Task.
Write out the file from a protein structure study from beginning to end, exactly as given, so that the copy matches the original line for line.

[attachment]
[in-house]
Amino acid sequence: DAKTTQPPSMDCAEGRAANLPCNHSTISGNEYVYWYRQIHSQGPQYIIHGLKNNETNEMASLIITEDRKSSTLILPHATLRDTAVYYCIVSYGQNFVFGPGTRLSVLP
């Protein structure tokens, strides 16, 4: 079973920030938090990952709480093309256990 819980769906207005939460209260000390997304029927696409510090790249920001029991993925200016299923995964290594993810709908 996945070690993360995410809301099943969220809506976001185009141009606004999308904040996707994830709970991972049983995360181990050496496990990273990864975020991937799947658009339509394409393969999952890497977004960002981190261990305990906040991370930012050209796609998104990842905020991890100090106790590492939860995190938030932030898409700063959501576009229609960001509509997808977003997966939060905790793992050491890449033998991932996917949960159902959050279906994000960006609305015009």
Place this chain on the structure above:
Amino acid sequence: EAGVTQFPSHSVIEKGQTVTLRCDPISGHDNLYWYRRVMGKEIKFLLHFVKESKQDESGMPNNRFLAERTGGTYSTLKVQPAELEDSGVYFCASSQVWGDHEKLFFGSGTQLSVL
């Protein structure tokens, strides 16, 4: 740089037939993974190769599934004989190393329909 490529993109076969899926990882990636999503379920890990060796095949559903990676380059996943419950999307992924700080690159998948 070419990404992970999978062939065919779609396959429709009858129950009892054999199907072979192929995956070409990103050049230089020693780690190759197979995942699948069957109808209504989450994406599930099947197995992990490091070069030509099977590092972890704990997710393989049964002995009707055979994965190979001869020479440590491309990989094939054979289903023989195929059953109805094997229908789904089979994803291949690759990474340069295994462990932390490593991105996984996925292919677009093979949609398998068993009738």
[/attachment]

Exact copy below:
[in-house]
Amino acid sequence: DAKTTQPPSMDCAEGRAANLPCNHSTISGNEYVYWYRQIHSQGPQYIIHGLKNNETNEMASLIITEDRKSSTLILPHATLRDTAVYYCIVSYGQNFVFGPGTRLSVLP
């Protein structure tokens, strides 16, 4: 079973920030938090990952709480093309256990 819980769906207005939460209260000390997304029927696409510090790249920001029991993925200016299923995964290594993810709908 996945070690993360995410809301099943969220809506976001185009141009606004999308904040996707994830709970991972049983995360181990050496496990990273990864975020991937799947658009339509394409393969999952890497977004960002981190261990305990906040991370930012050209796609998104990842905020991890100090106790590492939860995190938030932030898409700063959501576009229609960001509509997808977003997966939060905790793992050491890449033998991932996917949960159902959050279906994000960006609305015009």
Place this chain on the structure above:
Amino acid sequence: EAGVTQFPSHSVIEKGQTVTLRCDPISGHDNLYWYRRVMGKEIKFLLHFVKESKQDESGMPNNRFLAERTGGTYSTLKVQPAELEDSGVYFCASSQVWGDHEKLFFGSGTQLSVL
């Protein structure tokens, strides 16, 4: 740089037939993974190769599934004989190393329909 490529993109076969899926990882990636999503379920890990060796095949559903990676380059996943419950999307992924700080690159998948 070419990404992970999978062939065919779609396959429709009858129950009892054999199907072979192929995956070409990103050049230089020693780690190759197979995942699948069957109808209504989450994406599930099947197995992990490091070069030509099977590092972890704990997710393989049964002995009707055979994965190979001869020479440590491309990989094939054979289903023989195929059953109805094997229908789904089979994803291949690759990474340069295994462990932390490593991105996984996925292919677009093979949609398998068993009738």